Saturday - Lent Time
1) Opening prayer
Lord our God, merciful Father,
when you call us to repentance,
you want us to turn to people
and to build up peace and justice among us all.
According to your promise,
let us become, with your strength,
lights for those in darkness,
water for those who thirst,
rebuilders of hope and happiness for all.
May we thus become living signs
of your love and loyalty,
for you are our God for ever.
2) Gospel Reading - Luke 5, 27-32
When he went out after this, he
noticed a tax collector, Levi by name, sitting at the tax office, and said to
him, 'Follow me.' And leaving everything Levi got up and followed him.
In his honour Levi held a great
reception in his house, and with them at table was a large gathering of tax
collectors and others.
The Pharisees and their scribes
complained to his disciples and said, 'Why do you eat and drink with tax
collectors and sinners?'
Jesus said to them in reply, 'It
is not those that are well who need the doctor, but the sick. I have come to
call not the upright but sinners to repentance.'
Today’s Gospel presents the same theme on which we reflected in January in the Gospel
of Mark (Mk 2, 13-17). But, this time it is only the Gospel of Luke which
speaks and the text is much shorter, concentrating its attention on the
principal supper which is the call and conversion of Levi and what the conversion
implies for us who are entering into the time of Lent.
• Jesus calls a sinner to be his disciple. Jesus calls Levi, a tax
collector, and he, immediately, left everything, follows Jesus and begins to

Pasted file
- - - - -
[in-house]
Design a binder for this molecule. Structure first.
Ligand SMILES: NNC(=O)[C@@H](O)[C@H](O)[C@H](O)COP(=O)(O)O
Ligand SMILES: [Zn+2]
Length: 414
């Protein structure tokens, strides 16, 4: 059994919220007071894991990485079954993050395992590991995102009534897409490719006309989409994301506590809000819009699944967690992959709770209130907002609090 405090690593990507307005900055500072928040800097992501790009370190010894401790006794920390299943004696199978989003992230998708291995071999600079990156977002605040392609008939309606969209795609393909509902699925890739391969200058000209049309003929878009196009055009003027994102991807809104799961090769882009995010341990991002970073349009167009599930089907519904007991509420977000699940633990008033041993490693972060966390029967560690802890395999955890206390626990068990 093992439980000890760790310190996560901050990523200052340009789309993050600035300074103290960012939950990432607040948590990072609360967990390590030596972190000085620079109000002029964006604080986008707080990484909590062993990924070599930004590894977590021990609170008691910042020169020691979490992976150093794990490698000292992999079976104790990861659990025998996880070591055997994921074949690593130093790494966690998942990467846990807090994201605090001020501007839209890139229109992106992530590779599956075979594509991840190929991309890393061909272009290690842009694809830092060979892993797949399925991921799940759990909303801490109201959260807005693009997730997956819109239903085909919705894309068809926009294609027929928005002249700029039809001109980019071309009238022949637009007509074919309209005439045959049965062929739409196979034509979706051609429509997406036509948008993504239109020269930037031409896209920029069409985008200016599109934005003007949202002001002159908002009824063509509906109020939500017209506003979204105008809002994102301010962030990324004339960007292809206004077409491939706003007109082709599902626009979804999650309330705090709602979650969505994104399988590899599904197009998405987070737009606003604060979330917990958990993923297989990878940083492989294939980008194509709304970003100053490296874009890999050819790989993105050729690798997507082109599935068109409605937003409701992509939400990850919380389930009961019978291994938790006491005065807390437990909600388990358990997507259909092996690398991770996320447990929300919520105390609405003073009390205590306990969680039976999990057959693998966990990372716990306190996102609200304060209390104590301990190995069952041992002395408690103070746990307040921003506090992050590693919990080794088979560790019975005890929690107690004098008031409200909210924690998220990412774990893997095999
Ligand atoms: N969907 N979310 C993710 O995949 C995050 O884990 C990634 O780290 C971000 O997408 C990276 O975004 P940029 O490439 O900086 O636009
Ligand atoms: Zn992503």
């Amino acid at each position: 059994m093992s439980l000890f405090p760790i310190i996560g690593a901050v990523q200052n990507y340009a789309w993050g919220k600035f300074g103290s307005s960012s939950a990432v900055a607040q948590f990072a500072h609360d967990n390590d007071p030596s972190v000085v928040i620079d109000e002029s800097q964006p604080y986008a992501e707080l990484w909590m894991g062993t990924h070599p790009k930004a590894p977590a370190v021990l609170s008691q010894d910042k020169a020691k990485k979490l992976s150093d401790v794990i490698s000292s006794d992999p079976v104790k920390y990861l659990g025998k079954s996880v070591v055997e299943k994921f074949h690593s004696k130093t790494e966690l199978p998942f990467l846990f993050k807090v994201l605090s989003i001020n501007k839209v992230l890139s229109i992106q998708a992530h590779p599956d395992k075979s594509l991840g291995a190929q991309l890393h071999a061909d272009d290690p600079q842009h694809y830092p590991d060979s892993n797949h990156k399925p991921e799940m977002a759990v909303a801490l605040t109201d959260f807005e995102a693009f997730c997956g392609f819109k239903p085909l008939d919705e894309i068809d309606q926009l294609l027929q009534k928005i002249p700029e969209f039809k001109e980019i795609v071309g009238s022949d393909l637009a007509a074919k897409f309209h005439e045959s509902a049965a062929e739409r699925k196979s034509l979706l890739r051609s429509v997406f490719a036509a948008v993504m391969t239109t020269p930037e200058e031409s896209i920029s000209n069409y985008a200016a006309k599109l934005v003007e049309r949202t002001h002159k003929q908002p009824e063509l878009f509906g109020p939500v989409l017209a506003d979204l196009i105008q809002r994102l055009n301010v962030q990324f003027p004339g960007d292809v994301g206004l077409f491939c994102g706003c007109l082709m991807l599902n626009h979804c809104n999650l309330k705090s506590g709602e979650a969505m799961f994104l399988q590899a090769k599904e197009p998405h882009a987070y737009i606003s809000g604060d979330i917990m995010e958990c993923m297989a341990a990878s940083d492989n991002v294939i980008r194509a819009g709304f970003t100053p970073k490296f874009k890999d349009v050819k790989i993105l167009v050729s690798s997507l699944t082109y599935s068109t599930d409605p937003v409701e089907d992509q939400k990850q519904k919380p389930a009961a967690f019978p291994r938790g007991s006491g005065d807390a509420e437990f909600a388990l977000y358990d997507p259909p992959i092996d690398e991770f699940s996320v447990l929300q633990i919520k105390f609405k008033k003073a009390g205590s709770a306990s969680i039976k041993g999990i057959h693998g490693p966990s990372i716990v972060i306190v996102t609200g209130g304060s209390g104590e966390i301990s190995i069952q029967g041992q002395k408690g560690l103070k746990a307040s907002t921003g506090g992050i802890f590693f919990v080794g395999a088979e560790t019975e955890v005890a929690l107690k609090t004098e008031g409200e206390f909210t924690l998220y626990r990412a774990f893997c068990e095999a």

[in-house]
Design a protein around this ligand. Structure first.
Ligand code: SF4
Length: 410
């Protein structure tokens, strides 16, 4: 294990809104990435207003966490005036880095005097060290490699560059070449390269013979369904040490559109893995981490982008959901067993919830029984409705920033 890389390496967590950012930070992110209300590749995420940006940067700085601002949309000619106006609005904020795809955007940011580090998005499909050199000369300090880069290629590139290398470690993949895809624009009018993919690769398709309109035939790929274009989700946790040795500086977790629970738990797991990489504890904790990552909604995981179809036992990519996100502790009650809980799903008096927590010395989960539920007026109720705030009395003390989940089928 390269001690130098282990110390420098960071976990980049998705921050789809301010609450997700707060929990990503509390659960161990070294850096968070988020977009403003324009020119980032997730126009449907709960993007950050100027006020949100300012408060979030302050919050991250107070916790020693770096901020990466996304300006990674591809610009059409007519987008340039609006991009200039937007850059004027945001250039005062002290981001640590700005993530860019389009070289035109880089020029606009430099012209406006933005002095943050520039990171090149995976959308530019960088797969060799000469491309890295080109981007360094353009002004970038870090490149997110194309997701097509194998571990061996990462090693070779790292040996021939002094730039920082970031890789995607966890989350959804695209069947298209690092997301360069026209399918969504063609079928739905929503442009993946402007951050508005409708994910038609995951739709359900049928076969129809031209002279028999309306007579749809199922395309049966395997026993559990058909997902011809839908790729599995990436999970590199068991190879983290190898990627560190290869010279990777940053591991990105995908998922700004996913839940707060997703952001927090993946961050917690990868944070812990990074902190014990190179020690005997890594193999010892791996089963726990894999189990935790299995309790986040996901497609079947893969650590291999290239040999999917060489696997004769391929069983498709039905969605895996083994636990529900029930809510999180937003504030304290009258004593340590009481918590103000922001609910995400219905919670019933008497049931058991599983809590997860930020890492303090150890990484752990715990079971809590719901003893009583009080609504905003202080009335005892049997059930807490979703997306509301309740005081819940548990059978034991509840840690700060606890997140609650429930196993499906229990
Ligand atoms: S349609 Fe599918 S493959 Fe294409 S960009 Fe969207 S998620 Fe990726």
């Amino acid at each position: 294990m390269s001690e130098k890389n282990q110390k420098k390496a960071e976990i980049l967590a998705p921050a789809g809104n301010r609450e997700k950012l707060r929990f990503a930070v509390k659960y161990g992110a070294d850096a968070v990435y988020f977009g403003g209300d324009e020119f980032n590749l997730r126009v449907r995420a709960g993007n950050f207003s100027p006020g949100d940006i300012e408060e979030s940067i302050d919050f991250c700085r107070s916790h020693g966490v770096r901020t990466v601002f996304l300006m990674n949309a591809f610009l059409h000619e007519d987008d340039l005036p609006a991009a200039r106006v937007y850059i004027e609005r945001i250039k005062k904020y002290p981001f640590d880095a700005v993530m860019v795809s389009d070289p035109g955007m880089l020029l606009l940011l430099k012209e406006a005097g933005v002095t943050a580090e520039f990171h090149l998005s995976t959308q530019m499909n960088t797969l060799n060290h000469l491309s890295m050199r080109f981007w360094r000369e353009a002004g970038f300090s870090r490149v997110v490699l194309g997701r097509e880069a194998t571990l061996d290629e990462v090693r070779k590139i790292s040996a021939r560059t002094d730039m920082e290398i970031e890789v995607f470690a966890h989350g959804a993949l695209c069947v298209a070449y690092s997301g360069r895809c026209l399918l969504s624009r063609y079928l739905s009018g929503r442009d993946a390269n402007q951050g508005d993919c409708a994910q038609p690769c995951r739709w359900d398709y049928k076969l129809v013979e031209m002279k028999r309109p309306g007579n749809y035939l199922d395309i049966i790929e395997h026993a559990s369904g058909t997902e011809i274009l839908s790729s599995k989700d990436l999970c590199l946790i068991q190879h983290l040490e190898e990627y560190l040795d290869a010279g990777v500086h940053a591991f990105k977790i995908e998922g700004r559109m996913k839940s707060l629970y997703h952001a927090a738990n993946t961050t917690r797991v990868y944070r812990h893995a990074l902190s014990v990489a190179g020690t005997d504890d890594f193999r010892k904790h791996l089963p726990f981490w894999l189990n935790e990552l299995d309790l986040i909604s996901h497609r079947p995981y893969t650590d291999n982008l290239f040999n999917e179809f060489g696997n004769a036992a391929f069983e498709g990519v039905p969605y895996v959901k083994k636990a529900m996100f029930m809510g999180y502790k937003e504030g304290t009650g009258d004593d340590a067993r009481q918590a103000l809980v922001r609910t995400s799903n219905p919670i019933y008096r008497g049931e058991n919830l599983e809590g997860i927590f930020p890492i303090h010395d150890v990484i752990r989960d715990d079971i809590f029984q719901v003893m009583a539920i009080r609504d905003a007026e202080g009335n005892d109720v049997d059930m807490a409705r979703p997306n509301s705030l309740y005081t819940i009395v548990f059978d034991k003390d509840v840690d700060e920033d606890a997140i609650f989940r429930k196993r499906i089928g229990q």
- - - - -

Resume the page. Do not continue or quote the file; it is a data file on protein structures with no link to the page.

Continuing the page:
form part of the group of the disciples. Immediately, Luke says that Levi had
prepared a great banquet in his house. In the Gospel of Mark, it seemed that
the banquet was in Jesus’ house. What is important here is the insistence on
communion of Jesus with sinners, around the table, which was a forbidden thing.
• Jesus did not come for the just, but for sinners. The gesture of Jesus
causes great anger among the religious authority. It was forbidden to sit at
table with tax collectors and sinners, because to sit at table with someone
meant to treat him, consider him as a brother! With his way of doing things,
Jesus was accepting the excluded and was treating them as brothers of the same
family of God. Instead of speaking directly with Jesus, the Scribes of the
Pharisees speak with the disciples: Why do you eat and drink with tax
collectors and sinners? And Jesus answers: It is not those that are well
who need the doctor; I have come to call not the upright, but sinners to
repentance!” The consciousness of his mission helps Jesus to find the
response and to indicate the way for the announcement of the Good News of God. He
has come to unite the dispersed people, to reintegrate those who are excluded,
to reveal that God is not a severe judge who condemns and expels, but rather he
is Father/Mother who accepts and embraces.
4) Personal questions
Jesus accepts and includes the persons. Which is my attitude?
Jesus’ gesture reveals the experience that he has of God the Father. Which is
the image of God which I bear and express to others through my behaviour?
5) Concluding Prayer
Listen to me, Yahweh, answer me,
for I am poor and needy.
me, for I am faithful,
your servant who relies on you. (Ps 861-2)